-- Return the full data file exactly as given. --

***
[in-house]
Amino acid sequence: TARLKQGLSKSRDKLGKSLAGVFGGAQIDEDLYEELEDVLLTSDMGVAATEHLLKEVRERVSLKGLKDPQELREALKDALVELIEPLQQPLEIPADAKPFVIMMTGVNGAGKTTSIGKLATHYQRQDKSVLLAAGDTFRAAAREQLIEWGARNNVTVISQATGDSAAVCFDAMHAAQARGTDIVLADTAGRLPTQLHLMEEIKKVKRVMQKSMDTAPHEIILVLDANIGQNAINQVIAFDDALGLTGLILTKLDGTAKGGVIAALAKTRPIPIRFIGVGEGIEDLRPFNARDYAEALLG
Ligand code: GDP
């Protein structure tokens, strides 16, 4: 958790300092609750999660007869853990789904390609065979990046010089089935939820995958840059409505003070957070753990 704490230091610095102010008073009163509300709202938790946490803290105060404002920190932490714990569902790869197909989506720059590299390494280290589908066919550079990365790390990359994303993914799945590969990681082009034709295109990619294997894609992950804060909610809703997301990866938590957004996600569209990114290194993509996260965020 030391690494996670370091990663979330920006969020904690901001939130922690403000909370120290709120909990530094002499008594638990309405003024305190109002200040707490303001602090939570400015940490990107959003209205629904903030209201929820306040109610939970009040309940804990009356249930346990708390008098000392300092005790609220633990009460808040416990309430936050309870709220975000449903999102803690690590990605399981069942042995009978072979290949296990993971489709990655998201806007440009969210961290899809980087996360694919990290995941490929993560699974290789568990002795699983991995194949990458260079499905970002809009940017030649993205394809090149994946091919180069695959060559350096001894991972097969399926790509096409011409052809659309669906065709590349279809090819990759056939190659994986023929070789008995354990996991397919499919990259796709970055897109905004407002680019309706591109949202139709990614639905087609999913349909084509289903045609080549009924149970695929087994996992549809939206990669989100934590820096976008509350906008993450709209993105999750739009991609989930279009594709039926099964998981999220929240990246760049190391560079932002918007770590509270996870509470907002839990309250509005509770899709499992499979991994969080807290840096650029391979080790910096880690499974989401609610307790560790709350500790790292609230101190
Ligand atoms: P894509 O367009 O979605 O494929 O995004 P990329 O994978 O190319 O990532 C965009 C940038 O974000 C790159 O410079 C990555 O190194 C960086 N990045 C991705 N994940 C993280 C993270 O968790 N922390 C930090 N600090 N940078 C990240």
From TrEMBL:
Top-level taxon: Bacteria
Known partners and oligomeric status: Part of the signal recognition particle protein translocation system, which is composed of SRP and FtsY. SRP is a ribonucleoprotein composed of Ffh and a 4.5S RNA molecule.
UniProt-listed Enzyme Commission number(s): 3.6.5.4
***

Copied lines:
[in-house]
Amino acid sequence: TARLKQGLSKSRDKLGKSLAGVFGGAQIDEDLYEELEDVLLTSDMGVAATEHLLKEVRERVSLKGLKDPQELREALKDALVELIEPLQQPLEIPADAKPFVIMMTGVNGAGKTTSIGKLATHYQRQDKSVLLAAGDTFRAAAREQLIEWGARNNVTVISQATGDSAAVCFDAMHAAQARGTDIVLADTAGRLPTQLHLMEEIKKVKRVMQKSMDTAPHEIILVLDANIGQNAINQVIAFDDALGLTGLILTKLDGTAKGGVIAALAKTRPIPIRFIGVGEGIEDLRPFNARDYAEALLG
Ligand code: GDP
């Protein structure tokens, strides 16, 4: 958790300092609750999660007869853990789904390609065979990046010089089935939820995958840059409505003070957070753990 704490230091610095102010008073009163509300709202938790946490803290105060404002920190932490714990569902790869197909989506720059590299390494280290589908066919550079990365790390990359994303993914799945590969990681082009034709295109990619294997894609992950804060909610809703997301990866938590957004996600569209990114290194993509996260965020 030391690494996670370091990663979330920006969020904690901001939130922690403000909370120290709120909990530094002499008594638990309405003024305190109002200040707490303001602090939570400015940490990107959003209205629904903030209201929820306040109610939970009040309940804990009356249930346990708390008098000392300092005790609220633990009460808040416990309430936050309870709220975000449903999102803690690590990605399981069942042995009978072979290949296990993971489709990655998201806007440009969210961290899809980087996360694919990290995941490929993560699974290789568990002795699983991995194949990458260079499905970002809009940017030649993205394809090149994946091919180069695959060559350096001894991972097969399926790509096409011409052809659309669906065709590349279809090819990759056939190659994986023929070789008995354990996991397919499919990259796709970055897109905004407002680019309706591109949202139709990614639905087609999913349909084509289903045609080549009924149970695929087994996992549809939206990669989100934590820096976008509350906008993450709209993105999750739009991609989930279009594709039926099964998981999220929240990246760049190391560079932002918007770590509270996870509470907002839990309250509005509770899709499992499979991994969080807290840096650029391979080790910096880690499974989401609610307790560790709350500790790292609230101190
Ligand atoms: P894509 O367009 O979605 O494929 O995004 P990329 O994978 O190319 O990532 C965009 C940038 O974000 C790159 O410079 C990555 O190194 C960086 N990045 C991705 N994940 C993280 C993270 O968790 N922390 C930090 N600090 N940078 C990240």
From TrEMBL:
Top-level taxon: Bacteria
Known partners and oligomeric status: Part of the signal recognition particle protein translocation system, which is composed of SRP and FtsY. SRP is a ribonucleoprotein composed of Ffh and a 4.5S RNA molecule.
UniProt-listed Enzyme Commission number(s): 3.6.5.4